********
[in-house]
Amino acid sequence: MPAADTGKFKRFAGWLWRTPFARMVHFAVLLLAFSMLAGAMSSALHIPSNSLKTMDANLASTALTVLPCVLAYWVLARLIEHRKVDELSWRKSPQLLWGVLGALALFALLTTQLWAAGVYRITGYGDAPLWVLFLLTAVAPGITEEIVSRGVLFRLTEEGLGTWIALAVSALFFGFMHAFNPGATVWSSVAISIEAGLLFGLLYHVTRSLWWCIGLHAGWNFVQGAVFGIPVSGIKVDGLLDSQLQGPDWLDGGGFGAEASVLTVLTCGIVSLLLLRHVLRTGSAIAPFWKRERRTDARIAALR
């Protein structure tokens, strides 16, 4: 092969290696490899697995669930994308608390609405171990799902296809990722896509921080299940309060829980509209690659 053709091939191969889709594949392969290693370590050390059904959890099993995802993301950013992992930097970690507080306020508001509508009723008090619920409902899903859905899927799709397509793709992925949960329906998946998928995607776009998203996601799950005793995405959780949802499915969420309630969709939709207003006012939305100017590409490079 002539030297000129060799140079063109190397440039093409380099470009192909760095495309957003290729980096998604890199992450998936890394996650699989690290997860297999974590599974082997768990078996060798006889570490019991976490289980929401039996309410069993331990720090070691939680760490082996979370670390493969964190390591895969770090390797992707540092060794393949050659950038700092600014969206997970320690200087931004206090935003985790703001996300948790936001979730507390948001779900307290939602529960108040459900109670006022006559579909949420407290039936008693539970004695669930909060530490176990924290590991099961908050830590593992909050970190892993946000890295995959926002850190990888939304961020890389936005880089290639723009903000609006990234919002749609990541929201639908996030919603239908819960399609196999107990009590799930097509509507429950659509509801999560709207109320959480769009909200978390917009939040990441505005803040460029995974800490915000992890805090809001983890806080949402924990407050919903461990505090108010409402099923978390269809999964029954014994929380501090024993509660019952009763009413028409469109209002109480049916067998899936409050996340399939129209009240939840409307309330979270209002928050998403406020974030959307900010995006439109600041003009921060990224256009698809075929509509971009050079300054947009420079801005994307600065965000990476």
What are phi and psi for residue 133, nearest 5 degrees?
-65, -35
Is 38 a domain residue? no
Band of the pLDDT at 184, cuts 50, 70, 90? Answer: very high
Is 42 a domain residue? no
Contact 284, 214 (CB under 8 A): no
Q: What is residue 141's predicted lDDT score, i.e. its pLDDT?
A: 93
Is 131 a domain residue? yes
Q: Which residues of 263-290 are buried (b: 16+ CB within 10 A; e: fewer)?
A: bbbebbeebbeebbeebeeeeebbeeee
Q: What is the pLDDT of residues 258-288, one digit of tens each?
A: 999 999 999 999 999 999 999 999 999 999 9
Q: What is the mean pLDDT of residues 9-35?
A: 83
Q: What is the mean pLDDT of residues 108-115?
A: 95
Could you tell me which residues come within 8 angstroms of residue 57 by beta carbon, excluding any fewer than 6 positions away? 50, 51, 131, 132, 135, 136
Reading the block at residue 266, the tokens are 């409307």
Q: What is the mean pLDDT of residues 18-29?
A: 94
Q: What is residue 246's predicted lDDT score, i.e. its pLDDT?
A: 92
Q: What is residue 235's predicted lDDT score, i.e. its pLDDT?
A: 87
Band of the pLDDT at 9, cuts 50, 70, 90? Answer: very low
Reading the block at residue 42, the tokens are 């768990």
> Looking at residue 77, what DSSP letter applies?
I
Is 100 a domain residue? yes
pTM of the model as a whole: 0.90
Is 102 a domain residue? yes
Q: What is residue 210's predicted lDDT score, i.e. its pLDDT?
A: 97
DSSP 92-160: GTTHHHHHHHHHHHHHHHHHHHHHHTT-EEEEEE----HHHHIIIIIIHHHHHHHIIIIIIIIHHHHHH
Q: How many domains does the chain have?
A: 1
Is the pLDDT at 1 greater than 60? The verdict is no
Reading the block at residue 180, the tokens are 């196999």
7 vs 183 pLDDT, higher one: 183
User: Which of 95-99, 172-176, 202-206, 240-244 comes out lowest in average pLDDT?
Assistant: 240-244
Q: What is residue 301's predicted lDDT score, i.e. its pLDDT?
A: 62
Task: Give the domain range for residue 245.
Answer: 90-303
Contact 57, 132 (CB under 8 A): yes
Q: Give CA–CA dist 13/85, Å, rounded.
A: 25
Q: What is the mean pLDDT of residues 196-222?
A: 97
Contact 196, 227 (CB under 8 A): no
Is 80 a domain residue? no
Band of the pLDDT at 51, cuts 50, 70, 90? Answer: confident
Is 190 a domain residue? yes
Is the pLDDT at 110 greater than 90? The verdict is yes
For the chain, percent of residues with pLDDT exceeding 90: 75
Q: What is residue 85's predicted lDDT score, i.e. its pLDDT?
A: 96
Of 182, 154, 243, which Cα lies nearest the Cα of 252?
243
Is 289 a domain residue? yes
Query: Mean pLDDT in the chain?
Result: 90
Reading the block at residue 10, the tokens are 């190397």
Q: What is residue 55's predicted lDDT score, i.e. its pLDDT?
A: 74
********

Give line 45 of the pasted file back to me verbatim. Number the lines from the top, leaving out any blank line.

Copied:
Assistant: 240-244